I'm pretty much fed up with all sorts of murder mysteries and I'm trying to understand why people are obsessed with these type of stories, but this was truly something else. The ending is absolutely chilling. I find it interesting how we have trouble coping with the fact that there is no higher justice and how some things can be coincidental or random. And this film chooses a subtle way of saying it.
Very pleasing in it's aesthetics. Nice camera angles, a little rack focus here and there, overall very well shot movie. The story is quite impressive, even with it being as melodramatic as it is at times. On the other hand it wasn't as impressive as I thought it would be. Rewatched it because I thought maybe I missed some stuff, but that didn't seem to be the case...
Date il benvenuto allo "Zodiac" orientale. Tratto da una storia vera, questo film è uno dei gialli più convincenti che abbia visto negli ultimi anni, grazie ad una sceneggiatura brillante e precisa. Gli attori fanno un buon lavoro e la regia ci regala delle inquadrature di ottimo gusto. La voglia di scoprire il colpevole pervade lo spettatore, assieme alla frustrazione di non riuscirci mai veramente.
Simply a masterpiece. Proof positive that good acting, cinematography, plot, direction surpass language and can reach beyond our linguistic consciousness into that murky, mysterious, non-verbal maelstrom of emotion. South Korea in 1986 was in the last throes of authoritarian rule and this comes through in the behavior of the 'country cops'. Yet the 'city-slicker' detective is just as ineffectual in the end. Chilling.
not much I can add on its technical brilliance after 'every frame a painting' it showcases a korea in history and act as a great 'propaganda' on what police work (metaphoric of all institutions) needs to function: be open-minded, have fixed guidelines, pay due diligence... finally a point that the evils hides in the ordinary; criminals ⟂ outcasts but kids plz stop strolling alone in the wild (at rainy nights)
"Memories Of Murder has it all. A tight script with engaging revelations, phenomenal performances, fleshed out characters, dark humour, chilling moments of horror, emotive music, and sumptuous visuals. ... It’s a shocking tale of uncertainty with a purposefully frustrating lack of answers." - Luke Ryan Baldock, The Hollywood Reporter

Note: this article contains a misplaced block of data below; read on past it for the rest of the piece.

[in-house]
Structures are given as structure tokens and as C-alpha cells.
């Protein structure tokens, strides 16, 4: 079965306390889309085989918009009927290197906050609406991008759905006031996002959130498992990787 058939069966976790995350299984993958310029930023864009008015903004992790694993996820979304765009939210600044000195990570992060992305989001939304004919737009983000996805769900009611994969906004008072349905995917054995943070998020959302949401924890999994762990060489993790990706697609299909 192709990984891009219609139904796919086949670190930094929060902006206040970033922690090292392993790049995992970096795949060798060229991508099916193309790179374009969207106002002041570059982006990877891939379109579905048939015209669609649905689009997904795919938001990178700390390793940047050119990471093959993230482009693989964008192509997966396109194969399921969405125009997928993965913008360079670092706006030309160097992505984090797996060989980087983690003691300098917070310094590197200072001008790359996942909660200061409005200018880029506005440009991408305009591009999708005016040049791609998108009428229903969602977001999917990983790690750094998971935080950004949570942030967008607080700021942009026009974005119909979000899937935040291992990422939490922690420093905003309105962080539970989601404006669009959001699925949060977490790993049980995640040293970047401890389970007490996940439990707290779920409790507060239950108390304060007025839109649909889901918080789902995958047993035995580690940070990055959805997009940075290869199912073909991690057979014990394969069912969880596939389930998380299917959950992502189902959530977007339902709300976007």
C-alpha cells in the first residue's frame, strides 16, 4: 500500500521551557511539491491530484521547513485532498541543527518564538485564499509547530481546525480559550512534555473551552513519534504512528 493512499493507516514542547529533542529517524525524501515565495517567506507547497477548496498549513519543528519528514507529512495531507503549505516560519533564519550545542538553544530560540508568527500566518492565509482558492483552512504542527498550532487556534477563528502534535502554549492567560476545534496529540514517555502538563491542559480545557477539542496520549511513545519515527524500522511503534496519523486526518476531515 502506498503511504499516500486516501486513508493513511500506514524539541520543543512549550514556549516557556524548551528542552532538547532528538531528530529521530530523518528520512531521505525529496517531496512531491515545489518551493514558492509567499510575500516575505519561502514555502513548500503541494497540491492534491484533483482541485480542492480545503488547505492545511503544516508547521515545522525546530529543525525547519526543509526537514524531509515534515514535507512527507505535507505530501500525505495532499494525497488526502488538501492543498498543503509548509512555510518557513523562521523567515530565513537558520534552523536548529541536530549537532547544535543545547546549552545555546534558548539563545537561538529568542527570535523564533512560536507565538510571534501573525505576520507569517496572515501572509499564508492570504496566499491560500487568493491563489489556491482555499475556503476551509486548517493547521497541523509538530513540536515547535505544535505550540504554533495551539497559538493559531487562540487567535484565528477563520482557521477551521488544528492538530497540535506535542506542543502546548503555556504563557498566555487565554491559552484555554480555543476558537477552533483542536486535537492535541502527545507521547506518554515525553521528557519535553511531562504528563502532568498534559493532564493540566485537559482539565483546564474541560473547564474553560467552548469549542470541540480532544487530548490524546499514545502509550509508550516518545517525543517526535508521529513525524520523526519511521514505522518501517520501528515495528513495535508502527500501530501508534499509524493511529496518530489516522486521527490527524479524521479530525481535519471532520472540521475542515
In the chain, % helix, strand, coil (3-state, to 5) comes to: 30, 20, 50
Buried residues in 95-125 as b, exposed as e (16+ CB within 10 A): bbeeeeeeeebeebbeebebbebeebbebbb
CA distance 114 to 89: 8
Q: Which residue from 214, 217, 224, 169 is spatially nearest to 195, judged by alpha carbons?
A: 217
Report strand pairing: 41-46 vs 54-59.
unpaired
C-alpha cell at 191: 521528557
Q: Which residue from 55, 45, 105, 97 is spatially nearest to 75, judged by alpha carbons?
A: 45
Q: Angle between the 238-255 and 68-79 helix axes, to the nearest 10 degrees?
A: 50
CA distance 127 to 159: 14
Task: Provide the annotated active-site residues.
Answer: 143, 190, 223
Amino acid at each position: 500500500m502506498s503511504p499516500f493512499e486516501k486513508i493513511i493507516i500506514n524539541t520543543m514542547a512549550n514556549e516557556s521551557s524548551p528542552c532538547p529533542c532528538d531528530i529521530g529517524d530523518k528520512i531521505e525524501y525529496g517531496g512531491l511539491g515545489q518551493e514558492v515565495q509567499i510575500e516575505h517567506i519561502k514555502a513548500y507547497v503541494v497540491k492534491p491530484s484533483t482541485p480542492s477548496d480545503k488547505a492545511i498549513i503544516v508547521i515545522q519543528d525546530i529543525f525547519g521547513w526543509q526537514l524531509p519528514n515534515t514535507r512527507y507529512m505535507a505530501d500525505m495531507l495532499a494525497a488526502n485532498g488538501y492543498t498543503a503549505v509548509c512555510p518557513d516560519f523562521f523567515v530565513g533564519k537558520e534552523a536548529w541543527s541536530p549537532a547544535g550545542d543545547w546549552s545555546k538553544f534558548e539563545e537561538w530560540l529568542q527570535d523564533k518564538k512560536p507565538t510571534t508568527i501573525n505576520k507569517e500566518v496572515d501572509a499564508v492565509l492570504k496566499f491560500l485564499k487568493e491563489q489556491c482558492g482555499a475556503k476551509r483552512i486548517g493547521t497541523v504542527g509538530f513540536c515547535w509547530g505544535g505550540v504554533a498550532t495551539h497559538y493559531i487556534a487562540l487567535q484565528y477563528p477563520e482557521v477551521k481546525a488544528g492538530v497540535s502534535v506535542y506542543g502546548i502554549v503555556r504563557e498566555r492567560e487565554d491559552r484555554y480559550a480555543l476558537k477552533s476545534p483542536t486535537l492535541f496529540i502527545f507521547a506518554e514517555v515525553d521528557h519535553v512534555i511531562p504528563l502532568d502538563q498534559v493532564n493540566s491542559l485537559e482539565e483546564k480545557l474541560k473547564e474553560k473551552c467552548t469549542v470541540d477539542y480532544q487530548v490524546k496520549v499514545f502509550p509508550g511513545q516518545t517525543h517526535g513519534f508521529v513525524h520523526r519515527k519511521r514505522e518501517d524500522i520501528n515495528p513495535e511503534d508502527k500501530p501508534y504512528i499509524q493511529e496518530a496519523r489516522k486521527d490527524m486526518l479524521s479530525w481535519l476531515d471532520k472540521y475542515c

One of the best movies I've seen in some time, Memories Of Murder is an expertly crafted murder mystery epic. Bong Joon-ho manages to dig deep into three primary characters while never letting up on the tension. The varied detective styles clash in such an elegant way; the three are so very different without being caricatures.
Just the right mix of police procedural and comic brilliance. Balancing understated and methodical sensibilities and bursts of out there dialogue or other over the top moments, the film never ceases to impress. Each part of the film brings something to the table and it remains a worthy experience for its more than two hour runtime. It is no surprise the director has gone on to make cult hits like Snowpiercer.
I remember seeing this at the Toronto Film Festival in 2003. It haunted me then and it retains its power all these years later. As others have said, not really a who-done-it or even a police procedural but an examination of how those charged with ferreting out and stopping evil can be contaminated by it.
Though I would have preferred a little less effort on building drama, this film navigates a staggering story with grace. And as far as winding, seductive mysteries go, you can't do much better. Somewhere in the middle of the long search, the detective following one hunch to another and arriving on a bleak hillside before a strange house, the vast helplessness of the detective's journey really hit me.
One of Bong Joon-Ho's best films,featuring his trademark use of larger themes in a genre picture. In this case, the civil unrest in the late 1980s in Korea offers a subtle backdrop to shift to a modern state. The violence-prone police officers are symbols of an older, militaristic era, while the serial killer -- based on a true story -- is Korea's first mass murderer, an archetype of a modern, impersonal society.